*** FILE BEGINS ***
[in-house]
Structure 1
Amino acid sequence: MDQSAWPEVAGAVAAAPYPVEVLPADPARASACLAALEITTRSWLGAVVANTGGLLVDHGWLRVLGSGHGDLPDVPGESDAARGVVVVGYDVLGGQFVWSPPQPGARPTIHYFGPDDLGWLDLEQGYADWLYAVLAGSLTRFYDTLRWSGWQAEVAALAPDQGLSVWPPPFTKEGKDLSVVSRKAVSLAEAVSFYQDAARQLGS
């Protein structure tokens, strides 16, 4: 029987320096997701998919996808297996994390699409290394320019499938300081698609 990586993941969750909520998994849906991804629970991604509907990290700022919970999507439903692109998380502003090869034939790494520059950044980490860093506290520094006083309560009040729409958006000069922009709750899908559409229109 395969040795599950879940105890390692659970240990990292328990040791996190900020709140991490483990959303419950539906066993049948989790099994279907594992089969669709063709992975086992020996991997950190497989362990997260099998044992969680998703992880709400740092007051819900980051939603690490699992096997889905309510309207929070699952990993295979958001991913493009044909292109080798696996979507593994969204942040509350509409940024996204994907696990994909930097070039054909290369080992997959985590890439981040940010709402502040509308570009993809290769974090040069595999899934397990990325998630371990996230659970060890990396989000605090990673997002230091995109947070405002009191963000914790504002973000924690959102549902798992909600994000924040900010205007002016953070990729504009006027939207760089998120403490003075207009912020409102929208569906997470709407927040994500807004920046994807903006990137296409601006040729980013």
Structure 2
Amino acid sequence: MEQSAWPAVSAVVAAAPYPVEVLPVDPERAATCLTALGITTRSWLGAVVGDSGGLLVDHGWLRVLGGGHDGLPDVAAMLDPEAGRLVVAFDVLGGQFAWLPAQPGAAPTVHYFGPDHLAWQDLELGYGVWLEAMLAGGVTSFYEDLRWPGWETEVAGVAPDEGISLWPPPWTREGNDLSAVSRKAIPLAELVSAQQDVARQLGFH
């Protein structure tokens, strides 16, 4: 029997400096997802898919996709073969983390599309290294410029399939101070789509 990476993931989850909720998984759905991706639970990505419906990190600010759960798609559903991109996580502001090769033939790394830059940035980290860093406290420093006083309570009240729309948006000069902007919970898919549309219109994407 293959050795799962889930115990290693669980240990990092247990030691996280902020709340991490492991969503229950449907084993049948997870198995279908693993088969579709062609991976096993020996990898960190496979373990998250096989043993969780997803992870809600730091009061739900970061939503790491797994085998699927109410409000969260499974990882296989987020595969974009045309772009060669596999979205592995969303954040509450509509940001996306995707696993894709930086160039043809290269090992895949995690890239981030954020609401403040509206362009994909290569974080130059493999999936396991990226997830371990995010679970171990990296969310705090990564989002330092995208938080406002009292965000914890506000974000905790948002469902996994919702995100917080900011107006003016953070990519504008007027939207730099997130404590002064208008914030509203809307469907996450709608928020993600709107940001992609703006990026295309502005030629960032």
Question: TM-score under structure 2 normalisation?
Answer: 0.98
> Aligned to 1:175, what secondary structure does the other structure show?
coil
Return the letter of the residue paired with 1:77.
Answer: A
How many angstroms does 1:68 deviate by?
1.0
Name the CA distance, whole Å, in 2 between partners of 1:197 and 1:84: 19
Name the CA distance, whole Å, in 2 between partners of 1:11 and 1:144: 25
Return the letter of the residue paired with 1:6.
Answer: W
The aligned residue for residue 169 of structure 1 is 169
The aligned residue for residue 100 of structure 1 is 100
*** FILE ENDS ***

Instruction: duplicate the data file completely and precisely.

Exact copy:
[in-house]
Structure 1
Amino acid sequence: MDQSAWPEVAGAVAAAPYPVEVLPADPARASACLAALEITTRSWLGAVVANTGGLLVDHGWLRVLGSGHGDLPDVPGESDAARGVVVVGYDVLGGQFVWSPPQPGARPTIHYFGPDDLGWLDLEQGYADWLYAVLAGSLTRFYDTLRWSGWQAEVAALAPDQGLSVWPPPFTKEGKDLSVVSRKAVSLAEAVSFYQDAARQLGS
């Protein structure tokens, strides 16, 4: 029987320096997701998919996808297996994390699409290394320019499938300081698609 990586993941969750909520998994849906991804629970991604509907990290700022919970999507439903692109998380502003090869034939790494520059950044980490860093506290520094006083309560009040729409958006000069922009709750899908559409229109 395969040795599950879940105890390692659970240990990292328990040791996190900020709140991490483990959303419950539906066993049948989790099994279907594992089969669709063709992975086992020996991997950190497989362990997260099998044992969680998703992880709400740092007051819900980051939603690490699992096997889905309510309207929070699952990993295979958001991913493009044909292109080798696996979507593994969204942040509350509409940024996204994907696990994909930097070039054909290369080992997959985590890439981040940010709402502040509308570009993809290769974090040069595999899934397990990325998630371990996230659970060890990396989000605090990673997002230091995109947070405002009191963000914790504002973000924690959102549902798992909600994000924040900010205007002016953070990729504009006027939207760089998120403490003075207009912020409102929208569906997470709407927040994500807004920046994807903006990137296409601006040729980013």
Structure 2
Amino acid sequence: MEQSAWPAVSAVVAAAPYPVEVLPVDPERAATCLTALGITTRSWLGAVVGDSGGLLVDHGWLRVLGGGHDGLPDVAAMLDPEAGRLVVAFDVLGGQFAWLPAQPGAAPTVHYFGPDHLAWQDLELGYGVWLEAMLAGGVTSFYEDLRWPGWETEVAGVAPDEGISLWPPPWTREGNDLSAVSRKAIPLAELVSAQQDVARQLGFH
């Protein structure tokens, strides 16, 4: 029997400096997802898919996709073969983390599309290294410029399939101070789509 990476993931989850909720998984759905991706639970990505419906990190600010759960798609559903991109996580502001090769033939790394830059940035980290860093406290420093006083309570009240729309948006000069902007919970898919549309219109994407 293959050795799962889930115990290693669980240990990092247990030691996280902020709340991490492991969503229950449907084993049948997870198995279908693993088969579709062609991976096993020996990898960190496979373990998250096989043993969780997803992870809600730091009061739900970061939503790491797994085998699927109410409000969260499974990882296989987020595969974009045309772009060669596999979205592995969303954040509450509509940001996306995707696993894709930086160039043809290269090992895949995690890239981030954020609401403040509206362009994909290569974080130059493999999936396991990226997830371990995010679970171990990296969310705090990564989002330092995208938080406002009292965000914890506000974000905790948002469902996994919702995100917080900011107006003016953070990519504008007027939207730099997130404590002064208008914030509203809307469907996450709608928020993600709107940001992609703006990026295309502005030629960032």
Question: TM-score under structure 2 normalisation?
Answer: 0.98
> Aligned to 1:175, what secondary structure does the other structure show?
coil
Return the letter of the residue paired with 1:77.
Answer: A
How many angstroms does 1:68 deviate by?
1.0
Name the CA distance, whole Å, in 2 between partners of 1:197 and 1:84: 19
Name the CA distance, whole Å, in 2 between partners of 1:11 and 1:144: 25
Return the letter of the residue paired with 1:6.
Answer: W
The aligned residue for residue 169 of structure 1 is 169
The aligned residue for residue 100 of structure 1 is 100